Jump to content
Gentleman's Military Interest Club

Eric Stahlhut

Gold Membership
  • Content count

    2,352
  • Joined

  • Last visited

Everything posted by Eric Stahlhut

  1. alternate title for this thread: "in the time of chimpanzees, i was a monkey" i'm super stoked to have this. i consider it comparable in rarity to this other arcane item: anyways, i haven't been able to glean much information on this particular organization. given the times, i'm sure it wasn't too big of an outfit, but it serves as a great example of how it seems imperative that every german group had to have some type of award or medal. it illustrates the german propensity and predilection for medals and bling anyhow, here's the subject. nonmagnetic, finished in chocolate bronze, made by lauer of nurnberg. ribbon is cream and purple, which gives me the idea that there may be some religious affiliation. "the league of non-frontfighters"......anyone have any info on it? sorry about the horizontal images, they are correct on my computer, but when posting them on this forum, they magically go sideways
  2. here's an image of the corresponding document:
  3. i noticed that in my first post i neglected to include that sometimes these crosses are also attributed to c.f. zimmerman. anyhow, here's another that i find interesting due to the fact that the front frame is silver while the rear frame is of silvered brass. pin appears to be silver.
  4. when the topic of iron crosses made in austria arises, most people think of rothe and neffe, and few people are aware of another firm that manufactured and marketed them, perhaps as these crosses were also sold to resellers, such as f. sedlatzek in berlin, who stamped them with their own mark. "Erste Osterreichisch-Ungarische Metallknopfe- und Metallwaren-Fabrik Heinrich Ulbricht's Witwe, Wien" ...sometimes marked, "HUW" or "UW" this obscure maker made high quality crosses in many grades of silver, including 800, 900, 930, 935, "SILBER". interestingly enough, they are often automatically attributed to sedlatzek, as that berlin firm is more widely recognized. they came with many different types of advanced, peculiar, and attractive attachment systems, and are very desirable to advanced collectors these days. according to konstantin nikolaev, who in his magnificent two-volume opus on the iron cross (vol. 1, chapter. 31, pages 445-463), he attributes several styles and variations to this maker, including the unmarked version below.
  5. https://www.ebay.com/itm/Iron-Cross-1870-Germany-original/253729533409?hash=item3b13756de1:g:78YAAOSw1NJbPJBo
  6. superbly mounted piece to a flanders veteran
  7. hard to find, seldom encountered! such self-purchased "vanity awards" for non-combatants seem to be quite rare.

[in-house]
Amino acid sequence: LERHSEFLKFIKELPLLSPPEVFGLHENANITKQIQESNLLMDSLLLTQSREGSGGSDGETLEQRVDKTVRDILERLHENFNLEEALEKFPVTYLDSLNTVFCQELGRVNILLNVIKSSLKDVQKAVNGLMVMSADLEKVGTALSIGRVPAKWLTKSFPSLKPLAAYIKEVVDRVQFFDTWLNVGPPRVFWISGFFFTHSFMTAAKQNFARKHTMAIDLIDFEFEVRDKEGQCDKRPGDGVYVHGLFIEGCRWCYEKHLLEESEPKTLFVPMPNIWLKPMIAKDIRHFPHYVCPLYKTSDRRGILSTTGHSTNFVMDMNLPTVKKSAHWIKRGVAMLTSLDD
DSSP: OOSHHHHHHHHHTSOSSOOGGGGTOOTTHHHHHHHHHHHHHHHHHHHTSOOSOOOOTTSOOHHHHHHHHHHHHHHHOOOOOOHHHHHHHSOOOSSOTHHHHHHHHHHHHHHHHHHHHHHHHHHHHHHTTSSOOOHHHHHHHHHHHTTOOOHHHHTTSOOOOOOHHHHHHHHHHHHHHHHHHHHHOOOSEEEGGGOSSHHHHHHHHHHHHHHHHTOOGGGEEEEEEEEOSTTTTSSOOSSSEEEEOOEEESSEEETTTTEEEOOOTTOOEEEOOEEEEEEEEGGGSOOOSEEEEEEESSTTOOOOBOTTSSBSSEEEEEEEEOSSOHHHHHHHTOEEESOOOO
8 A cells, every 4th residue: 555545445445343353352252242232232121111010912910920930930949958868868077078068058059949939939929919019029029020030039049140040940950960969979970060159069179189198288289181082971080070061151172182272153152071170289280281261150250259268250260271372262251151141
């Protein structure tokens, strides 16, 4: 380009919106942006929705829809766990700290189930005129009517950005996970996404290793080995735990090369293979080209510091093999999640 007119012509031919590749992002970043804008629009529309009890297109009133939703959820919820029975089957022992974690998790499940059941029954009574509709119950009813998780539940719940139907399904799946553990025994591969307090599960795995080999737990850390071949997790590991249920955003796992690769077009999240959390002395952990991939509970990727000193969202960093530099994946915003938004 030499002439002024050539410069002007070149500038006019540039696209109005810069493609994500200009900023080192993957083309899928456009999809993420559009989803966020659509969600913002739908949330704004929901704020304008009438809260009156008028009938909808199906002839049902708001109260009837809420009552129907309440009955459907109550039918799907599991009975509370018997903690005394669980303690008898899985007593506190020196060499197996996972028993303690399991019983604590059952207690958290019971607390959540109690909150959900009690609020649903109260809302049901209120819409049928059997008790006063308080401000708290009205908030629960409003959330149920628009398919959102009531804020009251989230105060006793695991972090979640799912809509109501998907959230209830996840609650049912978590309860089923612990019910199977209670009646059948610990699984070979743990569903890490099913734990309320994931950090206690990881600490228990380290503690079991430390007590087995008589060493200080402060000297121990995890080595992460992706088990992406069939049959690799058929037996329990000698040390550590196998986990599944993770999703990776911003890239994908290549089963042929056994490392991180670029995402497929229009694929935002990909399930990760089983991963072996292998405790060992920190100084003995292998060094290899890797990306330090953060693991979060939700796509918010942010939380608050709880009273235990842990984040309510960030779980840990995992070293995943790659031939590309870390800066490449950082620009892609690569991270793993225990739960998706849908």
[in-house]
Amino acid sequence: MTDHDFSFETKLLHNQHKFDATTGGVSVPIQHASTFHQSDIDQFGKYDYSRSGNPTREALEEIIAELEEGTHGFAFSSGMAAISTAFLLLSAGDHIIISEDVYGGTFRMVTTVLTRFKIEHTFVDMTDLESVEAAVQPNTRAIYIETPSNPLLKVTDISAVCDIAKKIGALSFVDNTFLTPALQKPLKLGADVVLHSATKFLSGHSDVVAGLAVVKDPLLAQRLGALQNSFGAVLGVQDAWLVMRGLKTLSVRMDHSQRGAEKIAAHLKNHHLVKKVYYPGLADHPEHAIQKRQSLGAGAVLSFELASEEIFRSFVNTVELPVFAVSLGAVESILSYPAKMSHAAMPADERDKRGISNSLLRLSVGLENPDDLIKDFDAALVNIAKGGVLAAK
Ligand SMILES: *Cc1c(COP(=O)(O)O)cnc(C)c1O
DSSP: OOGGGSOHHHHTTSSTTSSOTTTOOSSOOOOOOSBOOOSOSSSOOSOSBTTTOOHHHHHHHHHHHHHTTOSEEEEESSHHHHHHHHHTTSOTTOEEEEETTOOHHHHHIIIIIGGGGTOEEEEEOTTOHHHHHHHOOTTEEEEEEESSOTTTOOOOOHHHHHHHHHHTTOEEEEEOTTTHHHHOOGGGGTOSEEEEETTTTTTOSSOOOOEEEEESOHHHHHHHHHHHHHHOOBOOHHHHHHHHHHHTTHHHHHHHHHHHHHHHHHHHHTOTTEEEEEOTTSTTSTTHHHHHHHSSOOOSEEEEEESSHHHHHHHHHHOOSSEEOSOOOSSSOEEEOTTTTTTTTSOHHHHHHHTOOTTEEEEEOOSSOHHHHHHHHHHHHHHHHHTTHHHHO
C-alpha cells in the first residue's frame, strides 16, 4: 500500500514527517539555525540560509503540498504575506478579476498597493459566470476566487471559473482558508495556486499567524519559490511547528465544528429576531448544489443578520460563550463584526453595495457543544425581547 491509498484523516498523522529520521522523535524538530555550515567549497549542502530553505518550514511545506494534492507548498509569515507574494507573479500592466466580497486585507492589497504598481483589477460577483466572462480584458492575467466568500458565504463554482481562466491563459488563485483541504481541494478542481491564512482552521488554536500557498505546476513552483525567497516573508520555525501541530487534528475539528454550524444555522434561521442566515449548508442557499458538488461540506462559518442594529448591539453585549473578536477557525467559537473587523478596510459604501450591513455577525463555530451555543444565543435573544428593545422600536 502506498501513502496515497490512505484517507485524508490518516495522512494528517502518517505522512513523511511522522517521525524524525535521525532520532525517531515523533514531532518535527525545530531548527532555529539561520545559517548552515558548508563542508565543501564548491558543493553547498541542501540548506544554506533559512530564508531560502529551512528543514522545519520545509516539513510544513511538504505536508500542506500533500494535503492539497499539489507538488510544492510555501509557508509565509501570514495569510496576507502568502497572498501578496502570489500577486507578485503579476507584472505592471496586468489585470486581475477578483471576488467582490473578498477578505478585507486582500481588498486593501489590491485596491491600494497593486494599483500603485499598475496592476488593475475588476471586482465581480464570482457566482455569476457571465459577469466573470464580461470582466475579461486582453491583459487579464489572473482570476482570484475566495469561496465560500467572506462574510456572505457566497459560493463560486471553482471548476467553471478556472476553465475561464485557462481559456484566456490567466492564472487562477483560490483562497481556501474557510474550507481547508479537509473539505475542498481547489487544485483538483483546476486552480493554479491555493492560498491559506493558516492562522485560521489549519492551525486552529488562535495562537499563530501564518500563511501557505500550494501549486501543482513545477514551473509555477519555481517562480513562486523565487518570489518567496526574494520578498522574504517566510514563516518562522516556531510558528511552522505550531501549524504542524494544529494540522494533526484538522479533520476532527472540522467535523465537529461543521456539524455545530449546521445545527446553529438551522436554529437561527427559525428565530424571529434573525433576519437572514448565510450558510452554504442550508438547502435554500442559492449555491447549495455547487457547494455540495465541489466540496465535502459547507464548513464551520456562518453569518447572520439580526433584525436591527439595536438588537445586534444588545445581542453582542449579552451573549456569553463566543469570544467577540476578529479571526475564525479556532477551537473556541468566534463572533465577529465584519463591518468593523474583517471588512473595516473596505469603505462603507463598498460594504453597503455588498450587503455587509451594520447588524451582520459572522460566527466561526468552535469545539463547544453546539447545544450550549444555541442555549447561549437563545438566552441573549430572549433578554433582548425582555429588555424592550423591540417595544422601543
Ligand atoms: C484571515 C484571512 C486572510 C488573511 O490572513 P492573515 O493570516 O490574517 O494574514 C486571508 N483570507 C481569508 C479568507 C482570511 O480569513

8. very interesting indeed. well done!
  9. a superbly worn example hand-engraved, the most seldom seen version of hallmark from this maker... ...with a few of it's cousins, the mayers
  10. thank you for the correction, matthew. when i made the post back in 2008 i was probably using a nimmergut or niemann catalog for reference, which most likely had very limited or inaccurate information. and thank you for reviving this old thread with an updated and detailed summary!
  11. Eric Stahlhut

    a sedlatzek and its cousins

    thank you. here is another cousin, who despite having been not worn so much, deserves to be included in this gathering. some say sedlatzek, others say mayer p.s. note the rounded inner corners of the frame. seems to be found primarily on screwback examples
  12. here's something i got a while back from an esteemed fellow forum member. not because of it's aesthetic value, mind you ! i obtained it because you simply don't see a lot of these in zinc.
  13. Eric Stahlhut

    der Deutschen Ehrenlegion

    hiya, chris! nope, the austrian-made version is larger at 48 x 46mm. gilding worn down to base metal, which appears to be tombac
  14. 46 x 41mm. there were three versions of this. this one is the generic example. the other two were for 'ritterschaft furst bismark' and 'ritterschaft leipzig'. as far as i can tell, the only way two distinguish the difference from the three types is to look at the bottom of the central disc. my example has a dot. i know the the bismark version has a w, so i presume the leipzig version has something to denote it as well.
  15. Eric Stahlhut

    der Deutschen Ehrenlegion

    pretty excited to have found this, simply because of the obscure austrian maker. seldom encountered! i edited the reverse image in order to show the hallmark a bit more clearly.
  16. then why is the obverse of the badge fairly shiny and bright after nearly 100 years? no signs or smells indicating recent cleaning--- one would think that being made of brass it would be extremely tarnished. the reverse certainly is tarnished, but not the obverse. the silver half moon and letter band are somewhat tarnished, as would be expected from silver or silver plate.
  17. ...and in jewelry terms, "echtgold auflage" means gold plated... i couldn't imagine they were worried about knockoffs, but if they were, that could explain why their brand seems to be the most replicated of all the makers
  18. a nice shiny meybauer version, am assuming the incused "echte auflage" mark under the catch indicates gold plating
  19. wow, i've never seen that one before, either! my best guess is that it could very well be a weimar-era military vet's organization award, and this picture was taken during the very early, initial stages of the third reich. only thing missing on this character is his monocle! here's a link to something similar, but absolutely not the same as the above cross that charles is curious about, which could have enameled arms
  20. it's a steinhauer and lueck badge from the 1930s, it's good
×